Lectures: |
January 13 - May 2, 2003 Mo, We, Fr 10:30-11:20am |

DH 1209 | |

Webpage: | http://www.contrib.andrew.cmu.edu/~dschlimm/80-211spring03 |

Instructor: |
Dirk Schlimm |

Email: | dschlimm@andrew.cmu.edu |

Office: | Baker Hall A 60 B |

Phone: | 268-5737 |

Office hour: |
By appointment |

TA: |
Tyler Gibson |

Email: | tylerg@andrew.cmu.edu |

Office: | Baker Hall 143 |

Phone: | 268-8148 |

Office hour: |
Mo 2:30-3:30, Tu 12-1. |

Textbook: |
E. J. Lemmon, Beginning
Logic, Hackett, 1978, (available in bookstore). |

**About the course.**

This course is an introduction to symbolic logic. The development of a
rigorous, formal calculus for logical reasoning is a
signifcant scientifc breakthrough, the culmination of a line of
research stretching back literally to Aristotle. With it, reasoning
becomes amenable to treatment by formal methods and symbolic logic
becomes the science of correct reasoning.

This course introduces students to these modern logical methods. We specify symbolic languages of propositional and quantifcational logic, in which large parts of ordinary English can be expressed. Logical calculi for these languages then permit the analysis of arguments, leading to the characterization of the important notion of logical validity.

By way of application, we systematically explore informal reasoning in natural language and in elementary mathematics. Thus, students are also familiarized with the basic techniques of set theory and arithmetic, in addition to the methods of symbolic logic, with their many applications in mathematics, computer science, linguistics and cognitive science. Time permitting, the course will conclude with an examination of the concept of computability (using Turing machines) and its consequences regarding the limitations of formalized reasoning (the theorems of Gödel and Church).

Philosophical and historical discussions will provide the context for the formal work.

**Goals.**

- Be able to translate informal English statements into the languages of propositional and predicate logic.
- Be able to deduce theorems from given premises using the rules of predicate logic.
- Be able to define and give examples of basic mathematical concepts, like
*syntax, semantics, definition, axiom, valid argument, proof, mathematical induction*. - Be able to explain in what sense formal reasoning is objective and rigorous.

**Assessment.**

__Class participation:__ Class
participation is
expected. This includes showing up regularly (if you have to miss a class,
please tell the instructor), showing up prepared, making an effort to answer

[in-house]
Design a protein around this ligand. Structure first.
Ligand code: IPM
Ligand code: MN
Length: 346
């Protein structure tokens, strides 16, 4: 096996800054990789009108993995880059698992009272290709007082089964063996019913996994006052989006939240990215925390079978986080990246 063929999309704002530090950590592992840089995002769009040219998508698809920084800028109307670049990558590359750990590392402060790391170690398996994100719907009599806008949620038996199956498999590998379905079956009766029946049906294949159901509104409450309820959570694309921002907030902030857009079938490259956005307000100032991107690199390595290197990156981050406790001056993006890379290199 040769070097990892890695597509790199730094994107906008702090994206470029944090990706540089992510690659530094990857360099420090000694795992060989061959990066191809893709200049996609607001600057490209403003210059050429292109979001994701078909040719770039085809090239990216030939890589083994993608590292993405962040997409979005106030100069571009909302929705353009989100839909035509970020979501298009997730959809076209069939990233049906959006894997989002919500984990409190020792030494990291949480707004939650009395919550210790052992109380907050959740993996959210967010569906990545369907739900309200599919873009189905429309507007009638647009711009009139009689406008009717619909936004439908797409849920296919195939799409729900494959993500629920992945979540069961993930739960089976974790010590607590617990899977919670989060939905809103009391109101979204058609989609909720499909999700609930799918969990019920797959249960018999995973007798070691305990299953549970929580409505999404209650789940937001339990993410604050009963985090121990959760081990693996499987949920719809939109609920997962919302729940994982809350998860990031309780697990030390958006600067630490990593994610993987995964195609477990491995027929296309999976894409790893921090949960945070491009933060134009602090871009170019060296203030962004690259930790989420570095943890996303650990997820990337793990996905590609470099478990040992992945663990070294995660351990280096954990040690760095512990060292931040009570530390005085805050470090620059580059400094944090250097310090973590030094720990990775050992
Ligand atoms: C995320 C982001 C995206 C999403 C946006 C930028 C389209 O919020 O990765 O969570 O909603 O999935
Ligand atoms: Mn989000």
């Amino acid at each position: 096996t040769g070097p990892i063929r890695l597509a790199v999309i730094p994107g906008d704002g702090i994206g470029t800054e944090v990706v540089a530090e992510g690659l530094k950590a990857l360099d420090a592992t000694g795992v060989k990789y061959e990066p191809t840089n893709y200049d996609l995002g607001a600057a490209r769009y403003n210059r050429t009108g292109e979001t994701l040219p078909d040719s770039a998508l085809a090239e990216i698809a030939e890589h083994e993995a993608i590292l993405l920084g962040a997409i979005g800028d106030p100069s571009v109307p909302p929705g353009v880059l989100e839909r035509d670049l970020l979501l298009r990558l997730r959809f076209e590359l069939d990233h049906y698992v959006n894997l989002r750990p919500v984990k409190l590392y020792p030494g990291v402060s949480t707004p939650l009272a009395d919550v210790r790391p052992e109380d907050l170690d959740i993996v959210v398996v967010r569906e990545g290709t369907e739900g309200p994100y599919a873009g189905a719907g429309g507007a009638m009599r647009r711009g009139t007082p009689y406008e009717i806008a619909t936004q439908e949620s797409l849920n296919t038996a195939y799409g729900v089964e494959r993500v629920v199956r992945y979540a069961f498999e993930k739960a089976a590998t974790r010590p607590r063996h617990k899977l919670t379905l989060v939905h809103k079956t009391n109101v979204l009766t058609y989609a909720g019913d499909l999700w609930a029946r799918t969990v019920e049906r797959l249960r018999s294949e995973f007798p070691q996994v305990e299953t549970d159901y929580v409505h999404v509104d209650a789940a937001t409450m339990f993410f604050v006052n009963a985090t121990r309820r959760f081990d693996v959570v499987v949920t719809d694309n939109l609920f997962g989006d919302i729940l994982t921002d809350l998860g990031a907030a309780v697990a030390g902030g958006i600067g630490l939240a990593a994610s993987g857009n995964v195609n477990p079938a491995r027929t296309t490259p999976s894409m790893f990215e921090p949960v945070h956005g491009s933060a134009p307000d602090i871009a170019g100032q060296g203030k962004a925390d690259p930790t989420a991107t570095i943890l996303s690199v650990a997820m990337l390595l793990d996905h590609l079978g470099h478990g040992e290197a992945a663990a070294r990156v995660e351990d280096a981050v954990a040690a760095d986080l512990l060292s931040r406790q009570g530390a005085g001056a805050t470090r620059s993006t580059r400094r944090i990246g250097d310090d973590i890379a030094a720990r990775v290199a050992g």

questions posed, contribute to class discussions. It is a well-known
fact that active learning (e.g.,
participating in discussions) is much more effective than passive learning
(e.g., reading). Thus, you get more out of the course if you are actively
involved.

__Homework:__ Usually a set of
problems will be assigned once a week, and due the following week. The
assignments will be posted on the class web-site. It
is your responsibility to obtain the assignment if you miss class.

In order to obtain a better grade written assignments can be
redone once and handed in again within one week after they were handed
back. This allows you to go over your work again and gives you the
opportunity to learn from previous errors.

You are free to collaborate on homework, but not
to copy answers from friends. Assignments are due at the beginning of class on
the date mentioned in the assignment, and have to be turned in on
paper. You may type them up or turn them in in
legible handwriting. If you use a word-processor, make sure to use the
spell-checker.

__Tests:__ Three tests will be held
for each section of the course. The first two will cover
propositional logic and predicate logic, respectively. The final test
will be comprehensive.

__Essay:__ A 3-5 page essay on an
application of logic must be handed in a week before classes
finish. The topic can be
chosen by the student, but must be approved by the instructor. An outline must
be presented to the instructor two weeks before classes finish.

The essay provides you the opportunity
to study in more detail a particular subject of the course that
interests you. Further information regarding the essay will be
provided in class.
Starting early with the essay gives you the advantage of having more
time to work on it, discuss it with the instructor, and allows you to avoid
being cluttered with work at the end of the semester.

**Grading.**

The grade in this course depends on your
continuous effort
during the semester. The final grade will be based on six components according
to the following weights:

Homework: | 45 % |

1. Test: | 10 % |

2. Test: | 10 % |

3. Test: | 20 % |

Essay: | 10 % |

Participation: | 5 % |

Grades for homeworks, tests, and essay will be on a scale between 0 and 10. The corresponding letter grades are: 10-9

© Dirk Schlimm, Last modified: 1/12/03